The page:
More gains likely for Jamaican Dollar

The Jamaican dollar hit a low of $151.27 against the US dollar in August and has rebounded since to trade at $145.3 on Wednesday with one technical indicator showing that it could appreciate further.
The local currency has been on an upward rise since December 2018 as it meanders slowly upwards to hit the low point in August. At the low, traders pushed it beyond the channel top, after moving within the channel as depicted by the yellow lines. It could return to the support line at around $138 later in the year but it could face resistance at the $144 region that it is within reach of currently.
In Wednesday’s trading, dealers sold $64.8 million at $145.306 having bought US$55.8 million at an average rate of $144.43.  In trading, Scotia Bank bought US$8.5 million more than they sold. First Global, JMMB Bank, National Commercial Bank and Victoria Mutual Building Society sold far more US dollars than the bought.

Jamaican$ improved value

The Jamaican dollar closed trading on Tuesday at $145.91 to one US dollar, with dealers selling US$60 million after buying US$51.4 million at an average rate of $144.81. The improved value for the local currency compares with the August 19 low of $151.27 for each US dollar.
On Monday, dealers sold US$36.5 million at an average of $146.89, while dealers bought just US$23.2 million, at an average rate of $144.02.
The big sellers on Tuesday were Bank of Nova Scotia, US$9.6 million at an average of $147.23 after buying a mere US$2.3 million at $142.04. JN Bank bought just $336,000 at $138.16 each and sold US$4.4 million at $142.14 each and National Commercial Bank bought US$6.5 million at an average of $144.79 and sold US$14.4 million at $145.42. JMMB Bank bought US$8.7 million at $143.34 and sold only US$688,334 at $146.19 while JMMB Securities bought US$6.4 million at $146.72 each and sold US$7 million at $146.99.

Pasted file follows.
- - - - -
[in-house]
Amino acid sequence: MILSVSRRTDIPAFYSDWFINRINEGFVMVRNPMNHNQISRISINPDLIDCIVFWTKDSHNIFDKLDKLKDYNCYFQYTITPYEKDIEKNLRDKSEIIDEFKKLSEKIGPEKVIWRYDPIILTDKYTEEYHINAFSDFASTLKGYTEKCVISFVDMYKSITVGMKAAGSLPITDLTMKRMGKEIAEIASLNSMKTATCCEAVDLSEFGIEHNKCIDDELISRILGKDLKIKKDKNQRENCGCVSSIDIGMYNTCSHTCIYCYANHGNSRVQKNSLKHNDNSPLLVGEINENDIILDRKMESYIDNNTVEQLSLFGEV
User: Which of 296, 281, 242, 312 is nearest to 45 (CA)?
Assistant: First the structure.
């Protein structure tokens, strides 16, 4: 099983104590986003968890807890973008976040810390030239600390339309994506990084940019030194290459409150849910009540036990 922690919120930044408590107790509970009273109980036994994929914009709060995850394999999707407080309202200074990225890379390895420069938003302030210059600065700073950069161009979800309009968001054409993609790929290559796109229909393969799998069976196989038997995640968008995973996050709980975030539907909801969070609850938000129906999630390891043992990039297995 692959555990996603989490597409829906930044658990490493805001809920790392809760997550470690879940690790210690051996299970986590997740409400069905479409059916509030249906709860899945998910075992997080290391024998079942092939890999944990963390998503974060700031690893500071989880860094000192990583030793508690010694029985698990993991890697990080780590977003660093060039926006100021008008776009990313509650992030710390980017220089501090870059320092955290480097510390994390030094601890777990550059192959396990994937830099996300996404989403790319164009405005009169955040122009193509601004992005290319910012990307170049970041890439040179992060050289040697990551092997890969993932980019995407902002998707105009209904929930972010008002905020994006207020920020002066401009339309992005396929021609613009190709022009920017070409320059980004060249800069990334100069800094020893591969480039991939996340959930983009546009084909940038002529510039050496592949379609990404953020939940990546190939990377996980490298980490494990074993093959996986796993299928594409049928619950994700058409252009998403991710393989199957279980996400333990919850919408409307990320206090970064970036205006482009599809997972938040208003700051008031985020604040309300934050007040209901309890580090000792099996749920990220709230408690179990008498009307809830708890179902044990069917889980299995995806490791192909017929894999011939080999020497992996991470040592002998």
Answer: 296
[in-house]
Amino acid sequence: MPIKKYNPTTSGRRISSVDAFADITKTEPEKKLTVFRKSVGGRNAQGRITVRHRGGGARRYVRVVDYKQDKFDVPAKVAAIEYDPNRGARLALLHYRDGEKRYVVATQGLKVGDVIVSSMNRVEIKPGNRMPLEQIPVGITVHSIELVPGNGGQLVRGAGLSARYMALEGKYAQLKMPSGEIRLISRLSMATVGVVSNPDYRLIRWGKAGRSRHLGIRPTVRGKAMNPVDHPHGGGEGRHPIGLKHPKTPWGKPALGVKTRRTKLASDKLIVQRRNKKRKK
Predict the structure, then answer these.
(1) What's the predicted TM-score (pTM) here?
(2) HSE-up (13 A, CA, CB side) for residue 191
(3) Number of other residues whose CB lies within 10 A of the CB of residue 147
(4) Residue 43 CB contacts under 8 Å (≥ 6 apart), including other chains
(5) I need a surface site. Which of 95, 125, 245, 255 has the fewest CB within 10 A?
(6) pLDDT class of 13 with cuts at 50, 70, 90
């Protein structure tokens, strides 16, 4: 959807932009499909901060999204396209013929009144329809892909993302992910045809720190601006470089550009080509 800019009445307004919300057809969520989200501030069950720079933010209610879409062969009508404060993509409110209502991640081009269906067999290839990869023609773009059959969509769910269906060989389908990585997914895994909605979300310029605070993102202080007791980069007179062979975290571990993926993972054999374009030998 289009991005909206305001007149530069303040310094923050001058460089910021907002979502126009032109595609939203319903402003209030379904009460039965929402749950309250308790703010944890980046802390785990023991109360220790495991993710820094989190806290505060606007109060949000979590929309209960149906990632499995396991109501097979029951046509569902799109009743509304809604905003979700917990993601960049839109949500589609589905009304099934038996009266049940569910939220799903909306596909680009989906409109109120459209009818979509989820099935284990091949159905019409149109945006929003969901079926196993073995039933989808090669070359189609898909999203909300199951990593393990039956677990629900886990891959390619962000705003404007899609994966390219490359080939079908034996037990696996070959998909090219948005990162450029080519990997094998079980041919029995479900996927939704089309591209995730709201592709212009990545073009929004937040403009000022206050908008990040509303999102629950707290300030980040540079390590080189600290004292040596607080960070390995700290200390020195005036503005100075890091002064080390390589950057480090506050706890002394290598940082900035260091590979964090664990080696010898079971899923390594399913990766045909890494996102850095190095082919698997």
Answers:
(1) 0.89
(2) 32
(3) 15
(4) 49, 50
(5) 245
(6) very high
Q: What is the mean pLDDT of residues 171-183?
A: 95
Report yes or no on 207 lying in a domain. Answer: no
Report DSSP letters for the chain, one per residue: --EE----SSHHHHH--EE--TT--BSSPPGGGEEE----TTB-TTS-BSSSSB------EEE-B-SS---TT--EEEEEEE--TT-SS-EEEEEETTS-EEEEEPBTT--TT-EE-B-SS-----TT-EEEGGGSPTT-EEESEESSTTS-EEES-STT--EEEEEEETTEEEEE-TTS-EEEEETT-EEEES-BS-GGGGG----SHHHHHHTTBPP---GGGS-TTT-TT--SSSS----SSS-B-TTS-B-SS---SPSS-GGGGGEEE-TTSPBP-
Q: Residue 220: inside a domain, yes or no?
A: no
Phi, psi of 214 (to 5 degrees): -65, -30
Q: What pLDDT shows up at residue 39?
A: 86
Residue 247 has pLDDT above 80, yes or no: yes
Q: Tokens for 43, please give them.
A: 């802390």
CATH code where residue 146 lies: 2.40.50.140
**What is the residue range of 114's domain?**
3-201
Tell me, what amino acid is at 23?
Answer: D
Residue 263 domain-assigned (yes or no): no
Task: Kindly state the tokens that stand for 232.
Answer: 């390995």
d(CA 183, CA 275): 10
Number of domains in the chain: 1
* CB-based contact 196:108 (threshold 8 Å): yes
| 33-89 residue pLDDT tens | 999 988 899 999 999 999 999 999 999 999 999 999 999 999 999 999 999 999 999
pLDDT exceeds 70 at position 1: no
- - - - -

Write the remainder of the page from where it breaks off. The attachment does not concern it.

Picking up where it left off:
Jamaican dollar makes more gains

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NCB had the highest net sale of US$ on Friday

The rate of exchange for the United States and Jamaican dollar inched further in favour of the local currency on Friday as dealers sold US$42.2 million at an average rate of $127.99 on Friday, down from an average of 128.126 with the sale of $67 million on Thursday.
On Friday, dealers bought US$37.38 million at an average of $126.74, a decline from $127.38 with the buying of US$61 million on Thursday.
Dealers bought $45,56 million in all currencies on Friday and sold US$50.28 million compared to purchases of US$77.6 million and sale of US$82.5 million on Thursday. Thursday’s trading includes the buying of Can$19.7 million and sale of Can$19.4 million.
Major net sellers of US dollars on Thursday are, Citibank with the purchase of US$160,000 and sale of US$1.65 million, First Global Bank buying US$271,000 and selling US$1.96 million. JMMB Bank ended with the buying of US$839,000 and selling $3.6 million, JN Bank purchased $868,000 and sold $2.48 million, Victoria Mutual Building Society bought $720,000 and sold of $2.45 million but First Caribbean purchased $5.6 million and sold just $1.38 million.
On Friday, Bank of Nova Scotia purchased $9.2 million and sold just $5 million, First Caribbean Bank bought US$813,000 and sold US$1.3 million, JMMB Bank ended buying US$1.87 million and sold $4.8 million, JN Bank purchased $1.16 million with sales of $1.87 million. National Commercial bought US$3.56 million and sold $8.5 million, Sagicor Bank bought $852,000 while selling US$1.99, Victoria Mutual Building Society purchased $693,000 and sold $1.3 million but Citibank purchased US$1.7 million and sold just US$587,000.